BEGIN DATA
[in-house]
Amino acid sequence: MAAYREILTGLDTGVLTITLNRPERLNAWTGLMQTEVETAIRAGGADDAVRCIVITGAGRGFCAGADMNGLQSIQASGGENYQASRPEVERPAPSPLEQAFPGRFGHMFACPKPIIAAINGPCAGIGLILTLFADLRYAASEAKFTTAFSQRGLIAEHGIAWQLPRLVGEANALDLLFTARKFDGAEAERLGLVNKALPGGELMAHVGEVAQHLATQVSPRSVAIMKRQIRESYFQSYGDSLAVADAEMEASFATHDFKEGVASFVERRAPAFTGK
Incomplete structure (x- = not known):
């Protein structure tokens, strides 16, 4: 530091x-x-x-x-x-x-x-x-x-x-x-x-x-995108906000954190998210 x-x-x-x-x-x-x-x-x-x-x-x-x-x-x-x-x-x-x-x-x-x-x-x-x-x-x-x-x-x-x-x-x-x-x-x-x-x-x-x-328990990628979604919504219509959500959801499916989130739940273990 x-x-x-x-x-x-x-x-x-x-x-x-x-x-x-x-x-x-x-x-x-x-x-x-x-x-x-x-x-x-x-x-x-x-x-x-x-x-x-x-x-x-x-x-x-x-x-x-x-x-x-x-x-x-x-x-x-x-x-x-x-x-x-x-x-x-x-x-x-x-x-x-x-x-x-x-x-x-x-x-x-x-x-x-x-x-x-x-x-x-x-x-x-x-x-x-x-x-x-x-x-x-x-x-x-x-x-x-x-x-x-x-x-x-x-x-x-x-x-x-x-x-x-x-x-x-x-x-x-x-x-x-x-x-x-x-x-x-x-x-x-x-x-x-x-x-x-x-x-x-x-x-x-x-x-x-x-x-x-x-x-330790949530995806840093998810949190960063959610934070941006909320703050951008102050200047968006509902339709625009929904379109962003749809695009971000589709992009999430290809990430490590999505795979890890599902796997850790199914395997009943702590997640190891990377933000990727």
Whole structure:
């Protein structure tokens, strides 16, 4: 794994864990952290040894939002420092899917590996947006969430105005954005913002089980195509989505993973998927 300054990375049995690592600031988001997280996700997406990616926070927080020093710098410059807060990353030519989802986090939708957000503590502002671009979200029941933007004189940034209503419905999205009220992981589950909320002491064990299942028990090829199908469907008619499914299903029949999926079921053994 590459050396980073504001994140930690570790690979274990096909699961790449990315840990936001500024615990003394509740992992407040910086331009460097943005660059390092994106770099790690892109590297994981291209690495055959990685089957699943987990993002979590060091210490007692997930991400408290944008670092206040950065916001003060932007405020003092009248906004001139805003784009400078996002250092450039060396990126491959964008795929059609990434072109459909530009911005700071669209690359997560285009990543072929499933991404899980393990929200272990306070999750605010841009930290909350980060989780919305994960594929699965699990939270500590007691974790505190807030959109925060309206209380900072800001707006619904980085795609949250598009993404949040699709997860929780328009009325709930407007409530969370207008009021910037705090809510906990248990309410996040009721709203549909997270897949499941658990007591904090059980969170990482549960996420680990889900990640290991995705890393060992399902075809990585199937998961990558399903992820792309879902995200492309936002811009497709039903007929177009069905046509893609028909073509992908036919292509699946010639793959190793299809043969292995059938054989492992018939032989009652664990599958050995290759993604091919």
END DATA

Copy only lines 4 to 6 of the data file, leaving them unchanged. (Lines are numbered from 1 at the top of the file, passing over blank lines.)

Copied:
């Protein structure tokens, strides 16, 4: 530091x-x-x-x-x-x-x-x-x-x-x-x-x-995108906000954190998210 x-x-x-x-x-x-x-x-x-x-x-x-x-x-x-x-x-x-x-x-x-x-x-x-x-x-x-x-x-x-x-x-x-x-x-x-x-x-x-x-328990990628979604919504219509959500959801499916989130739940273990 x-x-x-x-x-x-x-x-x-x-x-x-x-x-x-x-x-x-x-x-x-x-x-x-x-x-x-x-x-x-x-x-x-x-x-x-x-x-x-x-x-x-x-x-x-x-x-x-x-x-x-x-x-x-x-x-x-x-x-x-x-x-x-x-x-x-x-x-x-x-x-x-x-x-x-x-x-x-x-x-x-x-x-x-x-x-x-x-x-x-x-x-x-x-x-x-x-x-x-x-x-x-x-x-x-x-x-x-x-x-x-x-x-x-x-x-x-x-x-x-x-x-x-x-x-x-x-x-x-x-x-x-x-x-x-x-x-x-x-x-x-x-x-x-x-x-x-x-x-x-x-x-x-x-x-x-x-x-x-x-x-330790949530995806840093998810949190960063959610934070941006909320703050951008102050200047968006509902339709625009929904379109962003749809695009971000589709992009999430290809990430490590999505795979890890599902796997850790199914395997009943702590997640190891990377933000990727």
Whole structure:
């Protein structure tokens, strides 16, 4: 794994864990952290040894939002420092899917590996947006969430105005954005913002089980195509989505993973998927 300054990375049995690592600031988001997280996700997406990616926070927080020093710098410059807060990353030519989802986090939708957000503590502002671009979200029941933007004189940034209503419905999205009220992981589950909320002491064990299942028990090829199908469907008619499914299903029949999926079921053994 590459050396980073504001994140930690570790690979274990096909699961790449990315840990936001500024615990003394509740992992407040910086331009460097943005660059390092994106770099790690892109590297994981291209690495055959990685089957699943987990993002979590060091210490007692997930991400408290944008670092206040950065916001003060932007405020003092009248906004001139805003784009400078996002250092450039060396990126491959964008795929059609990434072109459909530009911005700071669209690359997560285009990543072929499933991404899980393990929200272990306070999750605010841009930290909350980060989780919305994960594929699965699990939270500590007691974790505190807030959109925060309206209380900072800001707006619904980085795609949250598009993404949040699709997860929780328009009325709930407007409530969370207008009021910037705090809510906990248990309410996040009721709203549909997270897949499941658990007591904090059980969170990482549960996420680990889900990640290991995705890393060992399902075809990585199937998961990558399903992820792309879902995200492309936002811009497709039903007929177009069905046509893609028909073509992908036919292509699946010639793959190793299809043969292995059938054989492992018939032989009652664990599958050995290759993604091919």